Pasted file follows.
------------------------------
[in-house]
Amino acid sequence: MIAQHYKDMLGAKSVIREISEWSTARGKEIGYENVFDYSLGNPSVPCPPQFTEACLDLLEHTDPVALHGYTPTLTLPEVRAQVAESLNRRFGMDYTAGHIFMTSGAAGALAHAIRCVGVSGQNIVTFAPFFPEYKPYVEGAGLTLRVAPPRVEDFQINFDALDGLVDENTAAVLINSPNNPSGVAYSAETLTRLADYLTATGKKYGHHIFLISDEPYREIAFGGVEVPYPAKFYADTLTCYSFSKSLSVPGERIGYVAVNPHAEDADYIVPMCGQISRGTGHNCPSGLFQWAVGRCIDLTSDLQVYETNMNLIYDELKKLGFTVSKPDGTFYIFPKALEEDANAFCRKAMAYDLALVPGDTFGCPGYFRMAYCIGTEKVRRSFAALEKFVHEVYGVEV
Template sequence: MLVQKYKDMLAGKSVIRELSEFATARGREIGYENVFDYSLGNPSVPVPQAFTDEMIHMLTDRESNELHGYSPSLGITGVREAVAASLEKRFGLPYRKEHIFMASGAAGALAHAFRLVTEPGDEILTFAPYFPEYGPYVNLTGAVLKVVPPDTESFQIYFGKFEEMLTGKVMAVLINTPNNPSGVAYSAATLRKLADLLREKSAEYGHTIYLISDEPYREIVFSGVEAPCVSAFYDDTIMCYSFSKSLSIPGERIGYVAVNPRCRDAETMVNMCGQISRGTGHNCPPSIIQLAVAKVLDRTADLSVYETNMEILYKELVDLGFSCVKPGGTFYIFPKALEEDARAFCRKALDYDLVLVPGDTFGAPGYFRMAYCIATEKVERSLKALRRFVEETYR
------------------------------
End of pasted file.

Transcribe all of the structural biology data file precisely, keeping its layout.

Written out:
[in-house]
Amino acid sequence: MIAQHYKDMLGAKSVIREISEWSTARGKEIGYENVFDYSLGNPSVPCPPQFTEACLDLLEHTDPVALHGYTPTLTLPEVRAQVAESLNRRFGMDYTAGHIFMTSGAAGALAHAIRCVGVSGQNIVTFAPFFPEYKPYVEGAGLTLRVAPPRVEDFQINFDALDGLVDENTAAVLINSPNNPSGVAYSAETLTRLADYLTATGKKYGHHIFLISDEPYREIAFGGVEVPYPAKFYADTLTCYSFSKSLSVPGERIGYVAVNPHAEDADYIVPMCGQISRGTGHNCPSGLFQWAVGRCIDLTSDLQVYETNMNLIYDELKKLGFTVSKPDGTFYIFPKALEEDANAFCRKAMAYDLALVPGDTFGCPGYFRMAYCIGTEKVRRSFAALEKFVHEVYGVEV
Template sequence: MLVQKYKDMLAGKSVIRELSEFATARGREIGYENVFDYSLGNPSVPVPQAFTDEMIHMLTDRESNELHGYSPSLGITGVREAVAASLEKRFGLPYRKEHIFMASGAAGALAHAFRLVTEPGDEILTFAPYFPEYGPYVNLTGAVLKVVPPDTESFQIYFGKFEEMLTGKVMAVLINTPNNPSGVAYSAATLRKLADLLREKSAEYGHTIYLISDEPYREIVFSGVEAPCVSAFYDDTIMCYSFSKSLSIPGERIGYVAVNPRCRDAETMVNMCGQISRGTGHNCPPSIIQLAVAKVLDRTADLSVYETNMEILYKELVDLGFSCVKPGGTFYIFPKALEEDARAFCRKALDYDLVLVPGDTFGAPGYFRMAYCIATEKVERSLKALRRFVEETYR